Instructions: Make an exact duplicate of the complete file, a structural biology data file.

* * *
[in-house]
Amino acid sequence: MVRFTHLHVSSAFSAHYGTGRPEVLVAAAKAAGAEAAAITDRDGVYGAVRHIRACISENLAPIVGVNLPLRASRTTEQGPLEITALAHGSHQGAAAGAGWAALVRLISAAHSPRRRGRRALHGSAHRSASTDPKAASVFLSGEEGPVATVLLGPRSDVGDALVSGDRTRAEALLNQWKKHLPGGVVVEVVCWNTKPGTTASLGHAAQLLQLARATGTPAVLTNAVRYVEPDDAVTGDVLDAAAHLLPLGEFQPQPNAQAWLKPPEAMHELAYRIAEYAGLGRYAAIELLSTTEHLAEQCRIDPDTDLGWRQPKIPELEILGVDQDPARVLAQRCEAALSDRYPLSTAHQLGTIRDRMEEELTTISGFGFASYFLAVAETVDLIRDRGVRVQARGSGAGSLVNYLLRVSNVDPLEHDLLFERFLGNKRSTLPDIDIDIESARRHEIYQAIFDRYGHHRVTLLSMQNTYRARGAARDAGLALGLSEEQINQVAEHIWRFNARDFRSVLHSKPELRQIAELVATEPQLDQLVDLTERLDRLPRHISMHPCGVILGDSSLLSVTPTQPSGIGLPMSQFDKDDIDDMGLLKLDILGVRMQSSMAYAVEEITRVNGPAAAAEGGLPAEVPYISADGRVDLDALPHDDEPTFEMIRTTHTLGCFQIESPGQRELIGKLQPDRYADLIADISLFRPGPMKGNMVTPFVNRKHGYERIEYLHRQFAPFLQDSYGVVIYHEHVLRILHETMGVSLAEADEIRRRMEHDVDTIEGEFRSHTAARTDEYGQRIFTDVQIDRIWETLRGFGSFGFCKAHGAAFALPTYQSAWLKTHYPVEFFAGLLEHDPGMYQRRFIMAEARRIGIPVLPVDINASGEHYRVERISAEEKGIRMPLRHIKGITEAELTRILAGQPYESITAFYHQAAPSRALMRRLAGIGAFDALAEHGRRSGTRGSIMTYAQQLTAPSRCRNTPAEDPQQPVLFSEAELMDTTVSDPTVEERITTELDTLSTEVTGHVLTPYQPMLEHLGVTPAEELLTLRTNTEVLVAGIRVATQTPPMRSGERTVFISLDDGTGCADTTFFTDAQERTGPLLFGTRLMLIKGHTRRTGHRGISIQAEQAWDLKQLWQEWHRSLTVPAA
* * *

[in-house]
Amino acid sequence: MVRFTHLHVSSAFSAHYGTGRPEVLVAAAKAAGAEAAAITDRDGVYGAVRHIRACISENLAPIVGVNLPLRASRTTEQGPLEITALAHGSHQGAAAGAGWAALVRLISAAHSPRRRGRRALHGSAHRSASTDPKAASVFLSGEEGPVATVLLGPRSDVGDALVSGDRTRAEALLNQWKKHLPGGVVVEVVCWNTKPGTTASLGHAAQLLQLARATGTPAVLTNAVRYVEPDDAVTGDVLDAAAHLLPLGEFQPQPNAQAWLKPPEAMHELAYRIAEYAGLGRYAAIELLSTTEHLAEQCRIDPDTDLGWRQPKIPELEILGVDQDPARVLAQRCEAALSDRYPLSTAHQLGTIRDRMEEELTTISGFGFASYFLAVAETVDLIRDRGVRVQARGSGAGSLVNYLLRVSNVDPLEHDLLFERFLGNKRSTLPDIDIDIESARRHEIYQAIFDRYGHHRVTLLSMQNTYRARGAARDAGLALGLSEEQINQVAEHIWRFNARDFRSVLHSKPELRQIAELVATEPQLDQLVDLTERLDRLPRHISMHPCGVILGDSSLLSVTPTQPSGIGLPMSQFDKDDIDDMGLLKLDILGVRMQSSMAYAVEEITRVNGPAAAAEGGLPAEVPYISADGRVDLDALPHDDEPTFEMIRTTHTLGCFQIESPGQRELIGKLQPDRYADLIADISLFRPGPMKGNMVTPFVNRKHGYERIEYLHRQFAPFLQDSYGVVIYHEHVLRILHETMGVSLAEADEIRRRMEHDVDTIEGEFRSHTAARTDEYGQRIFTDVQIDRIWETLRGFGSFGFCKAHGAAFALPTYQSAWLKTHYPVEFFAGLLEHDPGMYQRRFIMAEARRIGIPVLPVDINASGEHYRVERISAEEKGIRMPLRHIKGITEAELTRILAGQPYESITAFYHQAAPSRALMRRLAGIGAFDALAEHGRRSGTRGSIMTYAQQLTAPSRCRNTPAEDPQQPVLFSEAELMDTTVSDPTVEERITTELDTLSTEVTGHVLTPYQPMLEHLGVTPAEELLTLRTNTEVLVAGIRVATQTPPMRSGERTVFISLDDGTGCADTTFFTDAQERTGPLLFGTRLMLIKGHTRRTGHRGISIQAEQAWDLKQLWQEWHRSLTVPAA